According to those who follow dining trends in this country, Sbarro is dying.
Sbarro’s business model, its entire image, has always been “that cheap Italian place at the mall, with runny spaghetti and doughy pizza, in the food court, next to the Orange Julius.” Sbarro got into malls in 1970, at Kings Plaza Shopping Center in Brooklyn, went public in 1985, just three years after Fast Times at Ridgemont High celebrated the mall as the theater of teenage social drama, and went bankrupt in 2014, closing 300 locations — almost all of them in malls.
“What was significant about a restaurant like Sbarro, for many mall-goers, was its limited location: There might be a McDonald’s or Burger King at the food court, too, but Sbarro was a special mall-only treat, intrinsically linking the brand with that specific shopping experience,” the website Eater wrote, in an article on how Sbarro’s fortunes rose and fell with the fortunes of shopping malls. “But the days of ‘going to the mall’ are over.”
Yet there is a Sbarro still alive in the heart of the Loop. It is in the basement food court of the James R. Thompson Center, sharing space with a Burger King, a KFC, a Taco Bell, a Dunkin’ Donuts, a Panda Express, and a Subway.
The state of Illinois recently sold the Thompson Center for $70 million to The Prime Group, a commercial and residential real estate developer planning a full renovation. The sale was celebrated by preservationists, who see the Helmut Jahn-designed Thompson Center as a classic example of postmodern architecture. Preservation Chicago called it “one of our city’s most iconic 1980s buildings.”
It is my hope that the Prime Group’s $280 million makeover also preserves the food court — one of our city’s most iconic 1980s dining experiences.
I am a big fan of food courts. My idea of a quality restaurant is one that gives me the most food for the least amount of money. I really miss Ronny’s Steak House. The Atrium Food Court, as it is now known (a name that succeeded the much more colorful Great State Fare), spares me from having to schlep to the Golf Mill Shopping Center or the Chicago Ridge Mall for an $8.25 meal I can’t finish.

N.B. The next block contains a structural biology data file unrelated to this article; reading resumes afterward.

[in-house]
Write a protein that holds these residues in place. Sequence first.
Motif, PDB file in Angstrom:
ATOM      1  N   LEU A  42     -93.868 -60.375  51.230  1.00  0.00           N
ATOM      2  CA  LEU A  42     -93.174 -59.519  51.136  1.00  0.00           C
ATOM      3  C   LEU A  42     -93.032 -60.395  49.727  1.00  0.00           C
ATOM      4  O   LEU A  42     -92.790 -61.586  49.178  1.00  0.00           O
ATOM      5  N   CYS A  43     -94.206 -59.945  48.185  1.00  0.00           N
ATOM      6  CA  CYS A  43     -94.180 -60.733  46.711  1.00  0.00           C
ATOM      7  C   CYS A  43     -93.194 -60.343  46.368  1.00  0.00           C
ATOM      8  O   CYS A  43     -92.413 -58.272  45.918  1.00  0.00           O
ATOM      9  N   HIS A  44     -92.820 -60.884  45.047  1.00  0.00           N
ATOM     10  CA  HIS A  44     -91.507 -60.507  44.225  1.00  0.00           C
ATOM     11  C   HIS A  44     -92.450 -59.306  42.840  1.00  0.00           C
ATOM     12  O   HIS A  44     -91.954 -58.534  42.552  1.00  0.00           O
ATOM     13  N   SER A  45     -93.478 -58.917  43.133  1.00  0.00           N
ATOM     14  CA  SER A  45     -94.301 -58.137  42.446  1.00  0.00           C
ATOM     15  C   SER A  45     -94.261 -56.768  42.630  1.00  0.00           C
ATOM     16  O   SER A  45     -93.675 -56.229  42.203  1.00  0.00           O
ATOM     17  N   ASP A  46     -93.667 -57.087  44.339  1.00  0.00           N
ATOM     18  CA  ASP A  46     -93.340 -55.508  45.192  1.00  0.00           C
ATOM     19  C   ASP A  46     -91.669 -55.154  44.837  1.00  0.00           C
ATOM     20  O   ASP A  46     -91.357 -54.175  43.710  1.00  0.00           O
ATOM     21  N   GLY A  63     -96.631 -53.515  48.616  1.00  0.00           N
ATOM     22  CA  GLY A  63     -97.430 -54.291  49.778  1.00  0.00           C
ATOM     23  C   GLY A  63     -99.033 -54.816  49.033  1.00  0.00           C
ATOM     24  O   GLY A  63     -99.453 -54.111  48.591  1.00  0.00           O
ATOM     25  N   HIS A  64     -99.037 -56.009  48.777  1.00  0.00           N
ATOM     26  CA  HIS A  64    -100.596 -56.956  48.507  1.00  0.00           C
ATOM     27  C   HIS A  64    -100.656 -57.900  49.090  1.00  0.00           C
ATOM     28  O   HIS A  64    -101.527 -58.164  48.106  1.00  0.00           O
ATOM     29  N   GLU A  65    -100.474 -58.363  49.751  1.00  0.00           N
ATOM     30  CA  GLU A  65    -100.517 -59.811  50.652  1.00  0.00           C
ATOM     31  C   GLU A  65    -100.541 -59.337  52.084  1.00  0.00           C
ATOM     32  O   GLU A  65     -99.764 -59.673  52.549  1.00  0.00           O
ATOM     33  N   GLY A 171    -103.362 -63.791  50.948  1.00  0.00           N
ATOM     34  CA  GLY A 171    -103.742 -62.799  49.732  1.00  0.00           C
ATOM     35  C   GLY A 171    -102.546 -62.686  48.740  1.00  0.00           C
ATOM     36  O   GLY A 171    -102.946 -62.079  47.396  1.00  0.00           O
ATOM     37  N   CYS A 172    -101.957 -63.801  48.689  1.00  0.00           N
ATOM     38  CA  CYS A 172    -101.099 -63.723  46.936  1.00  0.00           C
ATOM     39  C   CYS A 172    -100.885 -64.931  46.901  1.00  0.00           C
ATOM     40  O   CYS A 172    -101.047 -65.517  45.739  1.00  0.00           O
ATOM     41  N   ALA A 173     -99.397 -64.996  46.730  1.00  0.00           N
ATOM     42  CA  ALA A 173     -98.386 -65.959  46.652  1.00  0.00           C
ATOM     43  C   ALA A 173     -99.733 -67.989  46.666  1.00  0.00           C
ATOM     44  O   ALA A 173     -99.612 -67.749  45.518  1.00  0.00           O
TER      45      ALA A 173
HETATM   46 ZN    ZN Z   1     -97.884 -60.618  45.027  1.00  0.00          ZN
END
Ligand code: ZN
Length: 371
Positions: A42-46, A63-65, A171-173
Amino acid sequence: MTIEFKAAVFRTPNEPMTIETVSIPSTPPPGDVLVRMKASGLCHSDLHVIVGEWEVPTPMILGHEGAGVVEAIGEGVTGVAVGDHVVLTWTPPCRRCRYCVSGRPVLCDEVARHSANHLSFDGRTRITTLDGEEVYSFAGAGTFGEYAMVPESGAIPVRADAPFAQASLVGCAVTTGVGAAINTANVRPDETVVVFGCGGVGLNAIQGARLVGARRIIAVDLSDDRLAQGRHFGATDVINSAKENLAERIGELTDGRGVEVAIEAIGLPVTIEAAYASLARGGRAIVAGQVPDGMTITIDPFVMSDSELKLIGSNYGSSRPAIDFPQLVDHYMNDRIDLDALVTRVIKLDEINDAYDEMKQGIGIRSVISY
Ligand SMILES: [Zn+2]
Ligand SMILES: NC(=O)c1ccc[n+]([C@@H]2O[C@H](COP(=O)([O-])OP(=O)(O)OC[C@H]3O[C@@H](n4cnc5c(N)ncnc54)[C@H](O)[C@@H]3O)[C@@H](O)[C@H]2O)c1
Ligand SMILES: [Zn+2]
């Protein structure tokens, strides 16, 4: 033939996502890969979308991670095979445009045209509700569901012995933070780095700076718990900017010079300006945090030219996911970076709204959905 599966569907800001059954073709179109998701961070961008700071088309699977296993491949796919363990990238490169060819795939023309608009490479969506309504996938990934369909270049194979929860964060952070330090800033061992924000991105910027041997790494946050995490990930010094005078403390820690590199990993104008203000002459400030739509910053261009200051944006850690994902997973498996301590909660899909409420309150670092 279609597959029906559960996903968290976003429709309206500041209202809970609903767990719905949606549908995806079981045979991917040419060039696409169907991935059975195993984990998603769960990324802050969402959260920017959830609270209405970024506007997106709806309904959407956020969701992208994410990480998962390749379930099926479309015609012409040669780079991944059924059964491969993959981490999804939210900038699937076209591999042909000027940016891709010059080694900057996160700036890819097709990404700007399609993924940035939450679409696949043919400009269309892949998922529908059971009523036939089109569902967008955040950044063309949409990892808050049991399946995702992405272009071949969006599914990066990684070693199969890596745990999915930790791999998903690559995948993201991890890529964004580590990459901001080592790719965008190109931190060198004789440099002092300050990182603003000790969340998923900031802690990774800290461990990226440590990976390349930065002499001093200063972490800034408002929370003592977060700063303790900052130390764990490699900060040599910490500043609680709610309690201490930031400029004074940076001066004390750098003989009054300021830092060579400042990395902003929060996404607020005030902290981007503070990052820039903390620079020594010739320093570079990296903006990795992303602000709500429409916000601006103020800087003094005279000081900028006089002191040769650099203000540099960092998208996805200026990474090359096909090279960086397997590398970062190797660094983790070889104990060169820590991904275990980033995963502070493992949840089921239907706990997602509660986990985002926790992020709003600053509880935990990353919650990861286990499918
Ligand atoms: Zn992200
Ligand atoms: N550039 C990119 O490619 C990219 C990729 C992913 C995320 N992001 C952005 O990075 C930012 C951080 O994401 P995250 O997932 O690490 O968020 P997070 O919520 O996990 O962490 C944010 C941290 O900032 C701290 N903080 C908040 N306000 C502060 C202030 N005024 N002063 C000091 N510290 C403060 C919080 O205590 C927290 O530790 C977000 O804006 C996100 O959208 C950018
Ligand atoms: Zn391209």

That’s how much I paid for a plate of baked ziti at Sbarro on Tuesday. Franchised fast food is all about the consistency of the dining experience. Sbarro’s ziti is very consistent. The pasta, the cheese and the bread stick all tasted exactly the same, as though a single ball of dough had been squeezed into different shapes.
The Secretary of State’s Drivers Services Facility, which shares the basement with the food court, is closed until next Tuesday because of the omicron variant, so many of the restaurants were closed, too. Grates were pulled over the darkened counters of M Burger, Baba’s Kitchen, Burger King and Arby’s, giving the food court that 21st Century deadmall feel. I was one of only a dozen or so diners on that cold day, which seemed like a waste of the room, since the food court is probably the most welcoming indoor public space in the Loop. Ald. Carlos Ramirez Rosa, an advocate of preserving the Thompson Center, recalled doing his homework in the food court between trains on the way to school.
That’s a good reason to preserve the food court. Another is that the plebeian food court is being replaced by an upscale institution known as the “food hall.” As a restaurant consultant told Eater, Sbarro’s “biggest shortcoming is that it sells food that has been sitting out for a while and more people want food made to order.”
Just around the corner from the Thompson Center is the Urbanspace food hall, at 15 W. Washington St. When I asked a greeter in an Urbanspace polo shirt the difference between a food court and food hall, he said, “Uh, I don’t know. This is more like, you know, a hall.” So I investigated myself. Urbanspace is populated with local restaurants, not chains one might find in a Morton Grove strip mall: Happy Lobster, Sushi Dokku, Isla Pilipina. It’s also more expensive. A taco dinner at Bianca’s BBQ is $14.50. A 3 Soft Tacos Combo at Taco Bell is $6.29. Edzo’s Burgers charges $10 for its namesake meal. Pinky’s Gyros and Beef: $4.99.
In a Jacobin article titled “Chicago’s Thompson Center Is A Palace For The People,” Marianela D’Aprile wrote eloquently of the building’s architectural distinction: “It’s peak postmodern architecture, full of tongue-in-cheek references to architectural eras gone by: the colonnade, the giant oculus at the top of the atrium, the Campidoglio-inspired tile pattern on the floors, even its hyper-reflective glass allows architectural history — the images of the surrounding buildings — to be read on its surface.”
Then she added that it’s “one of the only places in the Loop where you can get a truly affordable lunch.”
I can appreciate that more. When I go into the Thompson Center, I never look up at the atrium. I look down, toward the food court.